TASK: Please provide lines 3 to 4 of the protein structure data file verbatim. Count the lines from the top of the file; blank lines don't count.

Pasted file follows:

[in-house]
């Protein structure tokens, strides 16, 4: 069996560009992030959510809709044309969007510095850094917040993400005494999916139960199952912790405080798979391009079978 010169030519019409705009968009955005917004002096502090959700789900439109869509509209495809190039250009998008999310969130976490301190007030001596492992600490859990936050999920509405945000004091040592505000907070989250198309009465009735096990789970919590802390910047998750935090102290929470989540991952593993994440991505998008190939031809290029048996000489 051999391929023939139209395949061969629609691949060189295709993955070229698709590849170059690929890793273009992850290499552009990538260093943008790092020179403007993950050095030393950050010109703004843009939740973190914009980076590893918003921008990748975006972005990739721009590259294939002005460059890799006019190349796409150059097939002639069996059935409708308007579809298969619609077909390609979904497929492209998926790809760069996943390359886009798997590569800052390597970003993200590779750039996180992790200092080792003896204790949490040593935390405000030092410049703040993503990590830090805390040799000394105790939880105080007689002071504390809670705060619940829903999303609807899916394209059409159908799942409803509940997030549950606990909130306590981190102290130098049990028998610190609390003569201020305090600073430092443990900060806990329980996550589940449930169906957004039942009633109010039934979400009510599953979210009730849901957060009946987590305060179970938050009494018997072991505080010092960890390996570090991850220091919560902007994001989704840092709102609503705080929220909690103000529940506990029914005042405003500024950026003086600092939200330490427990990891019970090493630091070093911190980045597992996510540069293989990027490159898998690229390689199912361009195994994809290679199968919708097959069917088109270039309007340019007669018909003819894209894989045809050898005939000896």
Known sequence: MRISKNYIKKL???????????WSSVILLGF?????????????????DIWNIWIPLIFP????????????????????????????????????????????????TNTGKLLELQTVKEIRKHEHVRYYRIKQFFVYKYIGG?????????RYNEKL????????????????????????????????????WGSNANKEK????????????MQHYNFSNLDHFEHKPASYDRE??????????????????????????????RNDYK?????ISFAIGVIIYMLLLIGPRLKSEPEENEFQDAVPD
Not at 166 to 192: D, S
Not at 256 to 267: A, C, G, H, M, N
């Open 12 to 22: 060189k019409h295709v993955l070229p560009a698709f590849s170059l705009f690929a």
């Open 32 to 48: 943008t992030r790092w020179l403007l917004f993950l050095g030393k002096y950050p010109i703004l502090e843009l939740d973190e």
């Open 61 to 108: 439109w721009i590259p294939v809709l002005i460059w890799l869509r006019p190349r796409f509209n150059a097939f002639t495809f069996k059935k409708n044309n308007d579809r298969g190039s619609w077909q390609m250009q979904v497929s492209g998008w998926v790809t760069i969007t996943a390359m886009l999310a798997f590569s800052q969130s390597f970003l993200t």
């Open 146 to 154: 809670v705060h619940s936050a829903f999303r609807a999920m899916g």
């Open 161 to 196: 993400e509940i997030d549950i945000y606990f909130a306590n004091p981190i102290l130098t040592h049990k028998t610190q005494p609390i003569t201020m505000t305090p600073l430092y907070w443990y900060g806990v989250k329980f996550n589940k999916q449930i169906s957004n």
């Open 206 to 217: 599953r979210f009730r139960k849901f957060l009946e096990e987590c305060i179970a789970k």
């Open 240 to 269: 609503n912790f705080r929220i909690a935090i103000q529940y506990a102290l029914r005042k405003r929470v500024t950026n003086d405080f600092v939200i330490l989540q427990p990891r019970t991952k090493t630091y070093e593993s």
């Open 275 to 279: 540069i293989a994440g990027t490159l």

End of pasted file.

Known sequence: MRISKNYIKKL???????????WSSVILLGF?????????????????DIWNIWIPLIFP????????????????????????????????????????????????TNTGKLLELQTVKEIRKHEHVRYYRIKQFFVYKYIGG?????????RYNEKL????????????????????????????????????WGSNANKEK????????????MQHYNFSNLDHFEHKPASYDRE??????????????????????????????RNDYK?????ISFAIGVIIYMLLLIGPRLKSEPEENEFQDAVPD
Not at 166 to 192: D, S